The SiriusXM All-Star Futures Game is often the most interesting part of All-Star weekend, and not just because we get to see the best talent in the Minor Leagues all in one spot. It's because for many of these players, it's the first time we get them in front of
The SiriusXM All-Star Futures Game is often the most interesting part of All-Star weekend, and not just because we get to see the best talent in the Minor Leagues all in one spot. It's because for many of these players, it's the first time we get them in front of the Statcast™ tracking cameras, and therefore the first time we can see if the data matches the prodigious scouting reports.
For a handful of the future stars we saw on Sunday, when Team USA took a 10-6 victory over the World Team, the answer is yes -- in some cases loudly so.
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Peter Alonso has the kind of power you can't fake
Alonso, the Mets' No. 2 prospect, tore up Double-A this year (.314/.440/.573) before a recent promotion to Triple-A Las Vegas, and his calling card has always been clear: massive raw power. After a groundout in the fifth inning on Sunday, Alonso stepped up against Adonis Medina in the seventh and crushed a home run that wasn't just spectacular looking, it was unlike nearly any homer that Statcast™ has tracked since 2015.
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First of all, it was crushed, at 113.6 mph, and we need to give you a little context on that. There have been more than 74,000 batted balls this year, and only 0.4 percent of them were hit that hard. Only 11 players have hit one that hard more than five times all year; Alonso did it once in two plate appearances.
But it was also high, something of a moonshot. With 46 degrees of launch angle, it would have been tied for the second-highest homer of the year. The thing is, balls hit that high aren't usually hit that hard. In the three-plus years of Statcast™ tracking, there has never been a home run hit harder than 110 mph and higher than 45 degrees. It's the kind of thing you just don't see, really. Alonso came to Washington with a reputation for elite power, and he more than showed it.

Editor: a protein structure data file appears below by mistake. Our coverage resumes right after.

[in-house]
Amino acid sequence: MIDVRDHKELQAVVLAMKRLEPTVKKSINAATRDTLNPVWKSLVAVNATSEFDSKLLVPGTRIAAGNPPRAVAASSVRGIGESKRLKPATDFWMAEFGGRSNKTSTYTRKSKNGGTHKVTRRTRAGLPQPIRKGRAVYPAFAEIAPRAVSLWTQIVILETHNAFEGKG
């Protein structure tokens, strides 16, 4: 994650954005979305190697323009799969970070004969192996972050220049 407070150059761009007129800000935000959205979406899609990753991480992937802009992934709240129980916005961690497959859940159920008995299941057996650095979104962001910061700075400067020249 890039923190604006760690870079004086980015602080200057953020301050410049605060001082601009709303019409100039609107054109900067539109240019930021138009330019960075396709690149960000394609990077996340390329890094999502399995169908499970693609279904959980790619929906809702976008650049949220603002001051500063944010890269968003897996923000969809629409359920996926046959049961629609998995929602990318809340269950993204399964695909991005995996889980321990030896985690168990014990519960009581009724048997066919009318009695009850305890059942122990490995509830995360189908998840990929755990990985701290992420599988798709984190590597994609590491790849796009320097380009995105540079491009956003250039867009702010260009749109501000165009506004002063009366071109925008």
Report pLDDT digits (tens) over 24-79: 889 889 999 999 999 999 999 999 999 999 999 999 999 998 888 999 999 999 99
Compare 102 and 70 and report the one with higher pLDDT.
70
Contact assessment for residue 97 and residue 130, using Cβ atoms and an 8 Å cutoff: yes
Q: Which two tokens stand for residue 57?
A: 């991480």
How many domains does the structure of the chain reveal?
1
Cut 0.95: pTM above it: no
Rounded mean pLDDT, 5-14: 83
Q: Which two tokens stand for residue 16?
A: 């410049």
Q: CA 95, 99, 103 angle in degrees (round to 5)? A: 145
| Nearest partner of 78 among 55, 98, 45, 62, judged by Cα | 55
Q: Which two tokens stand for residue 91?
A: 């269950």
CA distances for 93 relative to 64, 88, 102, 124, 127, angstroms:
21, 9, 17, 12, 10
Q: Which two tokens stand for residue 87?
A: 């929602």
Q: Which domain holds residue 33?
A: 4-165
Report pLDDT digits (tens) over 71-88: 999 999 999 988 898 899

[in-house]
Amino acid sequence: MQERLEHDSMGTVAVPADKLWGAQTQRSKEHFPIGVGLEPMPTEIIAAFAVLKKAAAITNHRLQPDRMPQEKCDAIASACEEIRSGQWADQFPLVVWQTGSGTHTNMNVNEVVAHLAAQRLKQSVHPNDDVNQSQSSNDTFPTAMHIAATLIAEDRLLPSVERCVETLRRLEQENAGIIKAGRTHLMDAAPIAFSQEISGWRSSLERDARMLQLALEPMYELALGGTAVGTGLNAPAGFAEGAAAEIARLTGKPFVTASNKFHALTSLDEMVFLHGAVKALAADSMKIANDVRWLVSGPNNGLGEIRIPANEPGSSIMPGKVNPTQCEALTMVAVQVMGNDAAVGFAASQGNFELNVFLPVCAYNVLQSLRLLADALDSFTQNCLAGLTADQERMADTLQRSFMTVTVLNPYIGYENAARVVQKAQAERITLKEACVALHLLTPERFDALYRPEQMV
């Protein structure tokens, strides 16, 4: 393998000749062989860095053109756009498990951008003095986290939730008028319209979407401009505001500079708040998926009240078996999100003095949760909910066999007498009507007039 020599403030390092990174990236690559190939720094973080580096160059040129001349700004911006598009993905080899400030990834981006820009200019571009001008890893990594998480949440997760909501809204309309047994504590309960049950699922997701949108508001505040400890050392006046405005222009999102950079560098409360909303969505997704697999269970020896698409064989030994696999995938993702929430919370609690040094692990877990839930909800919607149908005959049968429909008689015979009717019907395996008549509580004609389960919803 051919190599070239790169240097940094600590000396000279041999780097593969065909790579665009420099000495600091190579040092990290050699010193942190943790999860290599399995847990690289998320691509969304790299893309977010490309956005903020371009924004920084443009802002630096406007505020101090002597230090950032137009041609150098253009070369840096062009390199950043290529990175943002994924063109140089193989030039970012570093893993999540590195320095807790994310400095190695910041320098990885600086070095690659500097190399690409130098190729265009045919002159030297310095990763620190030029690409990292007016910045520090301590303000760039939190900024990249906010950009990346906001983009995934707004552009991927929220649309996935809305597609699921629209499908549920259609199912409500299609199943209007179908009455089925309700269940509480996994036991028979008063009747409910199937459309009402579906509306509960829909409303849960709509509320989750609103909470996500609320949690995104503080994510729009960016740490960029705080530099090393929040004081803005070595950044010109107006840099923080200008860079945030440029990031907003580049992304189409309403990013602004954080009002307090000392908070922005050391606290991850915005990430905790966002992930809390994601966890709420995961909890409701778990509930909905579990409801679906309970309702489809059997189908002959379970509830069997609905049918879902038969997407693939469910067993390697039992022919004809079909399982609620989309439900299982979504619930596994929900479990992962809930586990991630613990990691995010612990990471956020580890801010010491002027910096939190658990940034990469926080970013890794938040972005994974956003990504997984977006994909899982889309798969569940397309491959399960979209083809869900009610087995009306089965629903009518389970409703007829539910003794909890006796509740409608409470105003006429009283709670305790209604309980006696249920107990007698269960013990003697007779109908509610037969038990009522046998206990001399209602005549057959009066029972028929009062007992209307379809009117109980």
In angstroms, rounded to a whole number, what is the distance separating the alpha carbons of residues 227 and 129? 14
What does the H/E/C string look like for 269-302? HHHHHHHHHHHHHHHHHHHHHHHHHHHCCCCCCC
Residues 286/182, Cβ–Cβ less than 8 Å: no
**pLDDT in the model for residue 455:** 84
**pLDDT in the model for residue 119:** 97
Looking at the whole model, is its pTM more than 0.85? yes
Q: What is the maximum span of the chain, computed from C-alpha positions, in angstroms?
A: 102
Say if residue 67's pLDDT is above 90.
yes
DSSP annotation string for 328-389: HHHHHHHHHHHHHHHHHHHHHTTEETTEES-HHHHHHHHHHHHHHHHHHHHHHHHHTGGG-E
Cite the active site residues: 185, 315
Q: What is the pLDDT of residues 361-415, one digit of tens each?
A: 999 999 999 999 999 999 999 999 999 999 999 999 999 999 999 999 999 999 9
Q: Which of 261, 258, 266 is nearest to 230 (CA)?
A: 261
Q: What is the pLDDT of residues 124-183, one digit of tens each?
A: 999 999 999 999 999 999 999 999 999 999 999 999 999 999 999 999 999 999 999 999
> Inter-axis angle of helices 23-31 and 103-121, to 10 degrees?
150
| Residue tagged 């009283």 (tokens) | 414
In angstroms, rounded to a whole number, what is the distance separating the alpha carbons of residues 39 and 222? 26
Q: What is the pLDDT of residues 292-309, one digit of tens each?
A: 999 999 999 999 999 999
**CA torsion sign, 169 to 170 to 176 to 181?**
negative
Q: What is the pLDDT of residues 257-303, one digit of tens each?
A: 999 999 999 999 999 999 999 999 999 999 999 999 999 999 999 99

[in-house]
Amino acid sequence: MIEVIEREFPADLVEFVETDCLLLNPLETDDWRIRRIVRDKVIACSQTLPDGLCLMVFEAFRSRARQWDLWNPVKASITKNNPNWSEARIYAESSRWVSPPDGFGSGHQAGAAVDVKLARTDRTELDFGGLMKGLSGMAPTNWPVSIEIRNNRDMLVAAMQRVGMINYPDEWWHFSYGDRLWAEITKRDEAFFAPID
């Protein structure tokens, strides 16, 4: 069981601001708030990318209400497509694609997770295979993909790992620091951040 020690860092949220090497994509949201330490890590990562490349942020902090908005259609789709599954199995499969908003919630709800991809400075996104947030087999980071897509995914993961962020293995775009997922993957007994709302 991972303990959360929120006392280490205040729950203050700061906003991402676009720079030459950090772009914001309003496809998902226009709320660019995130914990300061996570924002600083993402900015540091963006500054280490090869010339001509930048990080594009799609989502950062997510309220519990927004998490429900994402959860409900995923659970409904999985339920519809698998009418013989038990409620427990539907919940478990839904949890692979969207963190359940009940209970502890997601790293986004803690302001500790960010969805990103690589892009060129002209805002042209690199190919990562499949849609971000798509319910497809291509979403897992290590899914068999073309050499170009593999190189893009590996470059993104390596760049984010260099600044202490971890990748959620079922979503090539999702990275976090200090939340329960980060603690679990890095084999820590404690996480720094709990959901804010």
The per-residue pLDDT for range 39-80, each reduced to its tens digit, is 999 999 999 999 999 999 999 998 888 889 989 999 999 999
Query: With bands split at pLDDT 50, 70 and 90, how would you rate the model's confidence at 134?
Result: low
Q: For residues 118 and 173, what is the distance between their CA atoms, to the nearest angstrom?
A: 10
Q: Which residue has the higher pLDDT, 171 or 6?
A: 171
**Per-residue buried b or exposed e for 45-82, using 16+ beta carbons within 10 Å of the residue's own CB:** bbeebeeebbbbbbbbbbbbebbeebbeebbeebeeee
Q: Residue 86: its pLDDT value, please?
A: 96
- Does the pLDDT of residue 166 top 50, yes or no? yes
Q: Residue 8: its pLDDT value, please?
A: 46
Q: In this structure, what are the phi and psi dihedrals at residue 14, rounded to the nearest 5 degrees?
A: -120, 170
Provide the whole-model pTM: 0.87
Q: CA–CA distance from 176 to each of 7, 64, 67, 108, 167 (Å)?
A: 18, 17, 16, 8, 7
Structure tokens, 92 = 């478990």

When Team USA manager Torii Hunter watched Alonso win his nine-pitch battle against Medina with his towering home run, he immediately thought of a slugger from his own playing days.
"That's unbelievable power; I saw Mark McGwire hit like that," Hunter said. "You rarely see guys in the Minor Leagues hit a ball like that; so high and so far. Great at-bat, runner in scoring position, and he wanted to get that hit. He dug deep and battled, fought off some tough pitches until he got the fastball he wanted."
Informed of Hunter's comparison, Alonso's eyes widened.
"That's really cool," Alonso said. "I try to emulate my game after Paul Konerko and Paul Goldschmidt. Mark McGwire? That's huge. I watched him when I was younger, and that's such a huge compliment."
Hunter Greene has game-changing velocity
A year ago, Greene was playing high school ball in California. Then he became the No. 2 overall pick in the 2017 Draft, and now he's showing why. Greene threw 19 fastballs on Sunday, and every single one touched triple digits. He averaged 101.3 mph, topping out at 103.1. Six pitches were measured at 102 mph or more.
The pitch tracking era goes all the way back to 2008, and only 10 pitchers since then have touched 102 mph six times or more. Remember, we're talking about entire careers in some cases, over more than decade. Greene just did it in two innings, like it was nothing. He won't turn 19 until August, and he's already throwing heat like he's Albertin Chapman or Jordan Hicks.
Luis Alexander Basabe can handle the heat -- and so can Fernando Tatis Jr.
Of course, Greene didn't throw perfect innings. White Sox prospect Luis Basabe turned around one of Greene's fastballs, a 102.3-mph heater, and hit it an estimated 404 feet for a homer. The ball actually went out faster than it went in, since Basabe's dinger had an exit velocity of 104.1 mph.
Here's what that means to you: If this had happened during the regular season, it would have been the fastest pitch hit for a home run since Rafael Devers turned around Chapman's 102.8-mph fastball last season. It would have been the fastest pitch hit for any kind of hit all year; Kristopher Bryant's double off a 101.9-mph heater from Hicks currently stands atop that list.
In the three-plus years of Statcast™, there have only been 17 hits off pitches that came in at 102 mph or faster. It's objectively impressive that Greene can throw that kind of heat, but let's not forget how difficult it is to turn it around, either.
Speaking of turning around heat, Tatis hit a 107-mph single off an identical 102.3-mph offering from Greene immediately after Basabe's long ball.
Mike Petriello is an analyst for MLB.com and the host of the Statcast podcast.